It’s happening as we speak – the seasons are beginning to change, the weather cooling down, the days getting shorter. Though we cannot stop the changing of the seasons and what comes about because of it, we can prepare those who might be affected most.
With the weather beginning to cool down and the evening hours, waning away, some patterns, habits, and general activities of the elderly may take a sharp turn. Whether it be from the cold, the disruption of loss of daylight or even general discomfort due to the exiting summer months, many elderly find themselves at a loss for what to do during this transitional phase.
Beyond their personal routine, certain dangers can arise that effect the elderly more severely than younger people during the fall and winter months. Hypothermia, falling, Vitamin D deficiency, and seasonal affective disorder are all reasons for extra concern during the colder months – but for the most part can be properly prevented.
If your elderly family members have an outdoor routine that they would wish to continue through the fall and winter – walking, jogging, etc – make sure that they have warm, comfortable clothing to wear without issue and that their paths are routes not impeded by ice or debris. Now, if the cold proves to be too much for staying outside but the desire to move around still exists, help them find an appropriate indoor location where they may continue with staying active in warmth and comfort.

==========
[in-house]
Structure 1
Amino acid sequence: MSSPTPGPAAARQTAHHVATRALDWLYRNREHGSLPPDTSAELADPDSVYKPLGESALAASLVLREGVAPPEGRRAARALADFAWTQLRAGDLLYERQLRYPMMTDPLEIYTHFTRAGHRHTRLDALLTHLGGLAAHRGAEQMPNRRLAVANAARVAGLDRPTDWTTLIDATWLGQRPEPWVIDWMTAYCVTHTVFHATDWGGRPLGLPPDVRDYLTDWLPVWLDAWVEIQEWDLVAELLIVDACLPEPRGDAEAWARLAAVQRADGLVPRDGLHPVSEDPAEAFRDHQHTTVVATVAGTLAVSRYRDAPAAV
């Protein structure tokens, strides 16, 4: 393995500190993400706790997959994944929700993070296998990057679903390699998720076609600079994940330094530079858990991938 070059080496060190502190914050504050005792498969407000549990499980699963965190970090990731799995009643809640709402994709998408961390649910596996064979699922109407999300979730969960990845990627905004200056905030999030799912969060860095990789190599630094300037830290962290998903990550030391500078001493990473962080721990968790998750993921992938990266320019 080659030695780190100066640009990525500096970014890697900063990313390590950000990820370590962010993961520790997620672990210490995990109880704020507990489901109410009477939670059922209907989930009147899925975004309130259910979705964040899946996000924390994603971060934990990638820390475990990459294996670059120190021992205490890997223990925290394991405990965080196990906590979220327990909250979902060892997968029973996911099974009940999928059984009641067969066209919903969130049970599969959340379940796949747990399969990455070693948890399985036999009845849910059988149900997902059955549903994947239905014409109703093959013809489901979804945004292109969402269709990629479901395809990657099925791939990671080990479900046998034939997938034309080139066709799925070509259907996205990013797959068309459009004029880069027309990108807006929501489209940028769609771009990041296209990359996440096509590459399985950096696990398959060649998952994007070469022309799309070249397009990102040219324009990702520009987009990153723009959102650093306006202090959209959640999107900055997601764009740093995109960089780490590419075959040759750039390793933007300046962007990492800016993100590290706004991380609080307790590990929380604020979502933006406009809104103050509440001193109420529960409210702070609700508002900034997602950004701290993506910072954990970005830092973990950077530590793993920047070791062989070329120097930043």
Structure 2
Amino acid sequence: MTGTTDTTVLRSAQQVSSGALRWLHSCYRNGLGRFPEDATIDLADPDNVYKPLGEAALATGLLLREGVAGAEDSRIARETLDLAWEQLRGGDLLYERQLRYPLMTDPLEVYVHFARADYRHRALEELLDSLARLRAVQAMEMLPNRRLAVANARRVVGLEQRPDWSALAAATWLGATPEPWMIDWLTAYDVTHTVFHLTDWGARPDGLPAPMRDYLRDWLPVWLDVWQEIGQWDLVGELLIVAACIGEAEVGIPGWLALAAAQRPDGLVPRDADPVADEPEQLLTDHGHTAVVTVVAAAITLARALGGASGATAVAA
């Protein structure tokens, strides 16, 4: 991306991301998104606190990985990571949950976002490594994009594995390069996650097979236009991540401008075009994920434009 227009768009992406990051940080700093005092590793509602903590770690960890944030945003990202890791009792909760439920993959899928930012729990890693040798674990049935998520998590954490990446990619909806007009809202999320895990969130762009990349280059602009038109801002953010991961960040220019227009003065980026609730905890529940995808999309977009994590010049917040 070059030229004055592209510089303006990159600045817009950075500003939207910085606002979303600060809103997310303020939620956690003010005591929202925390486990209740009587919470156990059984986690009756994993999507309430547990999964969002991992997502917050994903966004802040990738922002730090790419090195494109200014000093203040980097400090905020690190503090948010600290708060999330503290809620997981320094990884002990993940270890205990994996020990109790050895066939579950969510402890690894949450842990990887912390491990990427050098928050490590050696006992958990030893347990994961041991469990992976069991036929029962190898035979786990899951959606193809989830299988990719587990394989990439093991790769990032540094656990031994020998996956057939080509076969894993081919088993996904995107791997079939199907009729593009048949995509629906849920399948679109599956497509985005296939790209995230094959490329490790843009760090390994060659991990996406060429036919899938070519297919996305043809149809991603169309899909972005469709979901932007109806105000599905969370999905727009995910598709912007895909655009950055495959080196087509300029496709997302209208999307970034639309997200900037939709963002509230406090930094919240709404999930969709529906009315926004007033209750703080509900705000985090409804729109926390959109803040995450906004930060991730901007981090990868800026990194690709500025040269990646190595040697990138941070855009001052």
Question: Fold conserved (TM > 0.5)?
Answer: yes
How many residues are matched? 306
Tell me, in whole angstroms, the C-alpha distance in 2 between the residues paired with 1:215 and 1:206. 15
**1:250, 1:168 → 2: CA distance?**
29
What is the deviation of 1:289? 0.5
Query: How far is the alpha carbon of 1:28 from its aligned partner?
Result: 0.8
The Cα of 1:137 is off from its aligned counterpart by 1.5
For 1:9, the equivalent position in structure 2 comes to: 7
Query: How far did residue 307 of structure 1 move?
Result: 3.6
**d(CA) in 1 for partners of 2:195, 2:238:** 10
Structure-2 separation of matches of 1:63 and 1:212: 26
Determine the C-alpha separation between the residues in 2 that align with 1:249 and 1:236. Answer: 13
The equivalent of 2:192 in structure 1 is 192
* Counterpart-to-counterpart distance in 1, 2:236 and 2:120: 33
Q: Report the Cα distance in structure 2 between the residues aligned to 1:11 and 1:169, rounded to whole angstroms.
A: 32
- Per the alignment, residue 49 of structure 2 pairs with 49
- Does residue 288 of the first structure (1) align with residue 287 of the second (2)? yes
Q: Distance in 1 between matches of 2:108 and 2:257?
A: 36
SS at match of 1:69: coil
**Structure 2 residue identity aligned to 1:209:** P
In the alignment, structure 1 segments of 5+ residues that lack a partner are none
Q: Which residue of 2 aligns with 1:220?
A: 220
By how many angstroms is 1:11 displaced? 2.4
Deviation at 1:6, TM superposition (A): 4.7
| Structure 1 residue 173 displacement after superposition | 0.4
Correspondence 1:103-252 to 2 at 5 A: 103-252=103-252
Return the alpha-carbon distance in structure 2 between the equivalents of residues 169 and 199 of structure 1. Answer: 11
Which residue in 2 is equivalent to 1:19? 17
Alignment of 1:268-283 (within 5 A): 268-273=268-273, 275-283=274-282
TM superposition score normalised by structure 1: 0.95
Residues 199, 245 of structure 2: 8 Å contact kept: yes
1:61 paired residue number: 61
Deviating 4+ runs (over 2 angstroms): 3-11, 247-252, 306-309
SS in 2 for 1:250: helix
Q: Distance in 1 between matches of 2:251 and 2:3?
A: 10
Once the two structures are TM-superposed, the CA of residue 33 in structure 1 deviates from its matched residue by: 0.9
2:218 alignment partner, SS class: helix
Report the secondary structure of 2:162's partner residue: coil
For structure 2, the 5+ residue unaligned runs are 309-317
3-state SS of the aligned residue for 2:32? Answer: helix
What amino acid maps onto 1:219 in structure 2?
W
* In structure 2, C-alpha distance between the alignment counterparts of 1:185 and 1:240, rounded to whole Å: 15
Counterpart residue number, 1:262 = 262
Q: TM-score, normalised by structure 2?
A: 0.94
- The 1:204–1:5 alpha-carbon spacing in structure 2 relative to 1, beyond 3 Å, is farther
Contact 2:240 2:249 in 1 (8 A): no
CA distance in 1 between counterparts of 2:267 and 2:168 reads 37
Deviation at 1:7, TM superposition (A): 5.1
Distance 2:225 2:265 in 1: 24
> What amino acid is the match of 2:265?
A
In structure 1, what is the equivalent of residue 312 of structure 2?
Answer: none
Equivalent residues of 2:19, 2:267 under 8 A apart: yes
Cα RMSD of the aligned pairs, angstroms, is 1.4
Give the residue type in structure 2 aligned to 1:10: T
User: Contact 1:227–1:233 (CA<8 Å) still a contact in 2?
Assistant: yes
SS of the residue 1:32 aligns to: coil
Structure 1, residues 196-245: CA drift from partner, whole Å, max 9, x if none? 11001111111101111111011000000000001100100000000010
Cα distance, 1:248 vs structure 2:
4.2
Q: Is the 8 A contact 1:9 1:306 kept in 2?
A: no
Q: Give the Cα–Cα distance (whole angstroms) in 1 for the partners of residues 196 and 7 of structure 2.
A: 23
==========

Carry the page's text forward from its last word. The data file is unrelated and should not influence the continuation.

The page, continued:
Keeping the elderly active during these months is paramount to staving off seasonal depression and many other mental fatigue-like symptoms, so whatever their passion may be, do your best to see that it continues.
With all of this in mind, it’s a smart and safe idea to begin checking in on your elderly family members more frequently. Checking to see if their HVAC system is used appropriately, if they are comfortable and not suffering any depression or fatigue, and seeing them for a visit.
With a little planning, this transitional time can be much easier for your loved ones to enjoy their lives during the fall and winter months.
AccuCare Home Health Care of St. Louis, locally RN-owned and RN-managed, was founded in 1994 by Jacqueline Phillips, RN, BSN, to serve seniors and their families. Our mission is to provide every client with the highest possible standard of private, home health care with the same level of kindness, love and respect we would give our own family members. Jane Olsen, RN, Director of Nursing/Operations, has been an integral part of AccuCare for more than 20 years. Jane and members of her nursing team make weekly visits at no additional cost to each of our 24-hour cases for clients who require medicine management and other immediate medical needs. For questions, please call 314.472.3393, or send an email to [email protected] To learn more, please visit www.accucare.com.